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MICROSOFT'S ACCOUNTING procedures are being reviewed by the US Securities and Exchange Commission, according to Greg Maffei, chief financial officer. The investigation centres on the practice of putting aside some revenue and recognising it at a later date, a method know as "cookie jar" accounting where reserves are used to smooth results over the financial year.

The review arose following a Wall Street Journal article in January about a former auditor who said he was sacked after questioning the practice. Microsoft said it has consistently followed industry guidelines since the launch of Windows 95 in putting aside revenue from its operating system and applications sales to take account of later upgrades and support. The "unearned revenue" on its balance sheet is more than $4bn, although net earnings are not affected.

Maffei said that before the review was launched, Microsoft had already adjusted its reserve policies to comply with the new accounting guidelines to recognise more revenue up front.

UNDER PRESSURE of a boycott, Yahoo last week modified the terms of service it offered on its GeoCities website. Users wishing to place their pages on GeoCities had to agree to conditions that protesters said amount to giving away all intellectual rights to anything posted on a site hosted by the company. Yahoo responded on its site: "[We do not] own content you submit, unless we specifically tell you otherwise before you submit it. You license the content to Yahoo as set forth below for the purpose of displaying and distributing such content on our network of properties and for the promotion and marketing of our services."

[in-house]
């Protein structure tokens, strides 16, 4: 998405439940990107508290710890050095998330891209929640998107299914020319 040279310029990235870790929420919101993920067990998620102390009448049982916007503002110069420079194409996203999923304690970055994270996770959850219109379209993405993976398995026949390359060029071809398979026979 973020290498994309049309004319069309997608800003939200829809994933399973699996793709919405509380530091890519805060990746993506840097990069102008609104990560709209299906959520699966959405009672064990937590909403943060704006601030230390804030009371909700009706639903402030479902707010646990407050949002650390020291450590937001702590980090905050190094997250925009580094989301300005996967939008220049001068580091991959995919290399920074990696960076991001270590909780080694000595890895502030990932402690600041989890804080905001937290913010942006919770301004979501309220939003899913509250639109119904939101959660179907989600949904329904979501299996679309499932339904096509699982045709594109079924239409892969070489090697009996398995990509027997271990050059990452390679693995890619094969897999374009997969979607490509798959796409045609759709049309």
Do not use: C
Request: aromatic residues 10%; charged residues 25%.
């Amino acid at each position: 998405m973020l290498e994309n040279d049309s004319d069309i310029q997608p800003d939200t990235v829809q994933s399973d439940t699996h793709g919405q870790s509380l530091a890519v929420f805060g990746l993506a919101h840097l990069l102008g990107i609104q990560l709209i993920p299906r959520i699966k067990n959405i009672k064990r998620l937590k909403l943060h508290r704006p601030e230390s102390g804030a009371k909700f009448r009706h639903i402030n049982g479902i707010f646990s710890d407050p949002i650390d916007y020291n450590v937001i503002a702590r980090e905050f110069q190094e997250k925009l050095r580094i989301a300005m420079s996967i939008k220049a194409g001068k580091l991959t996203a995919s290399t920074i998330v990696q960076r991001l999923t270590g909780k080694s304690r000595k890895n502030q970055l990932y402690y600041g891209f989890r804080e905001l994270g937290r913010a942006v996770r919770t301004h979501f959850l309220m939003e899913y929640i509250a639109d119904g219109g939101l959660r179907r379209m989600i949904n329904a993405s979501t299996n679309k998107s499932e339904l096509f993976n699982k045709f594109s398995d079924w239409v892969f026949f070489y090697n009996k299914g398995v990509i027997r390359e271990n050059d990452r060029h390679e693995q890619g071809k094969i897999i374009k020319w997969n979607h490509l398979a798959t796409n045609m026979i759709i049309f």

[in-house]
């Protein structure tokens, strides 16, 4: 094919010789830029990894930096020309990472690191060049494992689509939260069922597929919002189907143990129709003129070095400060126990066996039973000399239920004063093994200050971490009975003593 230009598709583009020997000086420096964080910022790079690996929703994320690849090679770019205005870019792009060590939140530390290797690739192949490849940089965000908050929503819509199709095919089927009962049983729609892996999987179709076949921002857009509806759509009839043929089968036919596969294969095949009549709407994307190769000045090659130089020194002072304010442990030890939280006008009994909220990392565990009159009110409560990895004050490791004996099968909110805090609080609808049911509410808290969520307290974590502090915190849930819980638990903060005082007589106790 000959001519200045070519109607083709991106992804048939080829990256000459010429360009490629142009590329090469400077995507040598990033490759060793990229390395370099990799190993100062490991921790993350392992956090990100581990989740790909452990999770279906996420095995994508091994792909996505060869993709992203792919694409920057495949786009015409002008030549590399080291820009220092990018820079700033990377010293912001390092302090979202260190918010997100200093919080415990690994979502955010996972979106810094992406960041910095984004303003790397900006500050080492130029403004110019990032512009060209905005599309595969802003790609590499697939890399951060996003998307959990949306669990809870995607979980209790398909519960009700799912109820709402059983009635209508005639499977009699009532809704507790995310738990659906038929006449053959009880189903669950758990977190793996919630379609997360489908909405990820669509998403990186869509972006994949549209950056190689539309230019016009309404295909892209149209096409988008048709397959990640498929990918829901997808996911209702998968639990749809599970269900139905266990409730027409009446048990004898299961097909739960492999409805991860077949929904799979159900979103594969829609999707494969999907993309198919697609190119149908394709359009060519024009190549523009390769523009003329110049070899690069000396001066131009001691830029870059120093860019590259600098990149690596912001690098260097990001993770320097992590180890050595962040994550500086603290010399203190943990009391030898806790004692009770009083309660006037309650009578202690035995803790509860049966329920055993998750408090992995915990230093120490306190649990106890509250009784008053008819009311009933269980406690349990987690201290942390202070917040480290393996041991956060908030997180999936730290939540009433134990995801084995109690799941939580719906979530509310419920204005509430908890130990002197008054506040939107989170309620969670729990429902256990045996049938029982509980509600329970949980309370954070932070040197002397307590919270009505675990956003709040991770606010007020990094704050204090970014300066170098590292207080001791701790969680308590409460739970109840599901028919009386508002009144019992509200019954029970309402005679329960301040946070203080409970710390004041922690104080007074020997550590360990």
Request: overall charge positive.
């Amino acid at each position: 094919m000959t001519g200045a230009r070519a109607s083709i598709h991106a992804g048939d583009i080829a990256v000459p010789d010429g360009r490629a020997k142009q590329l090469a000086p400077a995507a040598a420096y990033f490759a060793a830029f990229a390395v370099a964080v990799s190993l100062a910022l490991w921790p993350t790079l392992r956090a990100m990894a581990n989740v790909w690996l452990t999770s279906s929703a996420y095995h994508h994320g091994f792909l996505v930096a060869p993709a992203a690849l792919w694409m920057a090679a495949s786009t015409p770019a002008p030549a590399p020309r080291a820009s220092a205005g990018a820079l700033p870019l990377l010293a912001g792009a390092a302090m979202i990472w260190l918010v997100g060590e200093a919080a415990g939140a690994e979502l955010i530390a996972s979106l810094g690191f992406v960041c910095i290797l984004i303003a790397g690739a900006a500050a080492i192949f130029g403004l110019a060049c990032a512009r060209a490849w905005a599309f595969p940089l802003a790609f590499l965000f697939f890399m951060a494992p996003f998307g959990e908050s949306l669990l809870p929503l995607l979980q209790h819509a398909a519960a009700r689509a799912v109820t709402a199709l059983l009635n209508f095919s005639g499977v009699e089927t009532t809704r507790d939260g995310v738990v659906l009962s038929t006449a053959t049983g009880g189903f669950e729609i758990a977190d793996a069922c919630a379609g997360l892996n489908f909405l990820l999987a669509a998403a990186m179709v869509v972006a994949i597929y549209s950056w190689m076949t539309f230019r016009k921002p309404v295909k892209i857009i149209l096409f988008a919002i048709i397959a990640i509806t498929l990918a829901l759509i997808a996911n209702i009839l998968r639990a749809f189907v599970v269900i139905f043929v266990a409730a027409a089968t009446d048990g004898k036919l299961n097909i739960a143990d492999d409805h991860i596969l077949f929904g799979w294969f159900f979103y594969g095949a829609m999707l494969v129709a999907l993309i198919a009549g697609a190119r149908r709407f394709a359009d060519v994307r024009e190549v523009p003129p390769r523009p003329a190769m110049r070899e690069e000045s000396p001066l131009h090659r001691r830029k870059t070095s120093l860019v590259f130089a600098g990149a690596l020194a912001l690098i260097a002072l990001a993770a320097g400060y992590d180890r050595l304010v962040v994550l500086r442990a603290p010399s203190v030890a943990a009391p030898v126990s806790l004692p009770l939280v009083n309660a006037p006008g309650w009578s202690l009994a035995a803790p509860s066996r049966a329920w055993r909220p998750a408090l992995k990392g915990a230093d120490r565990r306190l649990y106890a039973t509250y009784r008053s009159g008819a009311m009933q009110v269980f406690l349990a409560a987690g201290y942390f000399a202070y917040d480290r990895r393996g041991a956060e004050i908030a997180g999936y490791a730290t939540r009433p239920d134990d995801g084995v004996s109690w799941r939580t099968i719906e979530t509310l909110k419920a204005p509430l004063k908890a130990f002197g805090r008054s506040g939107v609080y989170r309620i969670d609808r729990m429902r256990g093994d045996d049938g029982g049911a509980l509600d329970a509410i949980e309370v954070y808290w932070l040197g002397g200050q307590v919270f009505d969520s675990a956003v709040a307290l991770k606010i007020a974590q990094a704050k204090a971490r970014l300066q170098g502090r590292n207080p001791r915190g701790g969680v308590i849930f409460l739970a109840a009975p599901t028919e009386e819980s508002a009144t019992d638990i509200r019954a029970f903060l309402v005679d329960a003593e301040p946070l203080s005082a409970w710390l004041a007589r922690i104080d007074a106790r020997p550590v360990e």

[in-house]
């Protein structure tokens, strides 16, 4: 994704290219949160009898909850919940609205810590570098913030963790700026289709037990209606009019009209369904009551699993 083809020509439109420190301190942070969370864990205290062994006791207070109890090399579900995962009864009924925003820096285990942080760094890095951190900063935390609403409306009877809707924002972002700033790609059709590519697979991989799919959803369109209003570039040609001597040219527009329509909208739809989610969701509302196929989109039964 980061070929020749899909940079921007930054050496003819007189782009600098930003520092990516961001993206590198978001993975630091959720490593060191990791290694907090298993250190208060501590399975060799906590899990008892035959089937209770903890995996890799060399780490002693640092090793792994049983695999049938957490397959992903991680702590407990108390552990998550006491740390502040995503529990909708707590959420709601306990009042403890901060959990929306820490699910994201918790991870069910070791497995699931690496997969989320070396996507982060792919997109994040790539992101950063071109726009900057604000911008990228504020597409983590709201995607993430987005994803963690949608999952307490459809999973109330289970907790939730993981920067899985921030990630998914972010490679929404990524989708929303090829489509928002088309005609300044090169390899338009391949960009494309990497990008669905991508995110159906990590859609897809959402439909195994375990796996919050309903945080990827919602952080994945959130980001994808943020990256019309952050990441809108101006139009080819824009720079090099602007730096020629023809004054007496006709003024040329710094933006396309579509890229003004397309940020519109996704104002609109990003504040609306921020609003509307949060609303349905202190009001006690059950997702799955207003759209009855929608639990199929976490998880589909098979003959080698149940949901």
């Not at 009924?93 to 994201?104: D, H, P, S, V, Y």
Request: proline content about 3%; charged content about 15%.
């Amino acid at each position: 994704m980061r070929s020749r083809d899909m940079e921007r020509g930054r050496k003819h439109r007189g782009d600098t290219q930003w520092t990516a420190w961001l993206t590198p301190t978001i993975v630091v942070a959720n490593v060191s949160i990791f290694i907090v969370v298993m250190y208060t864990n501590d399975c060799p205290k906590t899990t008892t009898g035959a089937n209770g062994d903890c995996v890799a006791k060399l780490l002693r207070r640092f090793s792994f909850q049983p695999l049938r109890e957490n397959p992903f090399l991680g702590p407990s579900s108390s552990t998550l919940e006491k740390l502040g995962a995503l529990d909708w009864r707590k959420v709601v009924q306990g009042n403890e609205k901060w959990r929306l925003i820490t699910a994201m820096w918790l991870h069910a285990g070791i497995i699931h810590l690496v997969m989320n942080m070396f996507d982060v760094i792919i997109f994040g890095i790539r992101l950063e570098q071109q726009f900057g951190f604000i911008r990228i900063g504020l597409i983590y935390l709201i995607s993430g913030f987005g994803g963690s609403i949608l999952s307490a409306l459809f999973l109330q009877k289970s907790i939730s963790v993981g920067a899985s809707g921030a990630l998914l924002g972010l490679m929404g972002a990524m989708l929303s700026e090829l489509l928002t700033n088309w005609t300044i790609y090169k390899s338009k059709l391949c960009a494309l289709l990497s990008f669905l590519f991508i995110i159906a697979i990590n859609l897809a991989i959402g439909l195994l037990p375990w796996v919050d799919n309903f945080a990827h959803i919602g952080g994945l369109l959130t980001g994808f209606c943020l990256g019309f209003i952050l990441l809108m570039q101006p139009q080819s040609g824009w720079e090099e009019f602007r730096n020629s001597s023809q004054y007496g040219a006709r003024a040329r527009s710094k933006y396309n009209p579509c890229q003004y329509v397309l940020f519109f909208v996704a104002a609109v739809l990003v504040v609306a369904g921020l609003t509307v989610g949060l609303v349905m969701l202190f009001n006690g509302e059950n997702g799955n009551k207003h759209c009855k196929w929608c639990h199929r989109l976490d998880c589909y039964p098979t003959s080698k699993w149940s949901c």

Organisers of the campaign to boycott the free web-space provider have set up a site to keep track of the debate at boycottyahoo/. They said that Yahoo's statement was only a "partial victory" as the previous terms remain which give Yahoo "the royalty-free, perpetual, irrevocable, non-exclusive, and fully sub-licensable right and licence to use, reproduce, modify, adapt, publish, translate, create derivative works from, distribute, perform, and display such content (in whole or part) worldwide and/or to incorporate it in other works in any form, media, or technology now known or later developed".

THE FIRST annual New Statesman New Media Awards, to promote the effective use of the Internet in public and democratic life, were announced at the ICA last week. Stand won the New Advocacy Award for using new technology to enhance open debate and try to change opinions and behaviour. Tom Loosemore and Stefan Magdalinski picked up the Merit Award for original thought in their work for Stand's website.

YouthNet won the New Information Service Award. The New Local Democracy Award went to the London Borough of Newham. The Department of Environment, Transport and the Regions took the New Public Policy Award and Anne Campbell MP won the New Representative Award. Full details and links to winning sites are posted on the New Statesman's website at http://www.